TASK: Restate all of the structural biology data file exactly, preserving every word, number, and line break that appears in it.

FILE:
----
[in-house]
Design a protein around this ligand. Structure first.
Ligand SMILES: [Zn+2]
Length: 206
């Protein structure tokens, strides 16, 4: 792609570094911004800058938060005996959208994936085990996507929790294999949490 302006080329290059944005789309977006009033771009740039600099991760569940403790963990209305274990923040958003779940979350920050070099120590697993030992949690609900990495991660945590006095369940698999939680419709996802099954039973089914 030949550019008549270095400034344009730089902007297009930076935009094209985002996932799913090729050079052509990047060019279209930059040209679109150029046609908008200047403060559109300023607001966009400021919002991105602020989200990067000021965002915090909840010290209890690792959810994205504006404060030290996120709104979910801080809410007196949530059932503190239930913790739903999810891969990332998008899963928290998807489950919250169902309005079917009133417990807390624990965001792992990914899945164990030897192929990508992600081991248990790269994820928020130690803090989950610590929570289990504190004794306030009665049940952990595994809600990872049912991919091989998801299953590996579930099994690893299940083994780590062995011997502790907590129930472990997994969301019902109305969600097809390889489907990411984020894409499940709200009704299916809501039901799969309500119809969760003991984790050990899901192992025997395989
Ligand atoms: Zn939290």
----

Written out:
[in-house]
Design a protein around this ligand. Structure first.
Ligand SMILES: [Zn+2]
Length: 206
């Protein structure tokens, strides 16, 4: 792609570094911004800058938060005996959208994936085990996507929790294999949490 302006080329290059944005789309977006009033771009740039600099991760569940403790963990209305274990923040958003779940979350920050070099120590697993030992949690609900990495991660945590006095369940698999939680419709996802099954039973089914 030949550019008549270095400034344009730089902007297009930076935009094209985002996932799913090729050079052509990047060019279209930059040209679109150029046609908008200047403060559109300023607001966009400021919002991105602020989200990067000021965002915090909840010290209890690792959810994205504006404060030290996120709104979910801080809410007196949530059932503190239930913790739903999810891969990332998008899963928290998807489950919250169902309005079917009133417990807390624990965001792992990914899945164990030897192929990508992600081991248990790269994820928020130690803090989950610590929570289990504190004794306030009665049940952990595994809600990872049912991919091989998801299953590996579930099994690893299940083994780590062995011997502790907590129930472990997994969301019902109305969600097809390889489907990411984020894409499940709200009704299916809501039901799969309500119809969760003991984790050990899901192992025997395989
Ligand atoms: Zn939290």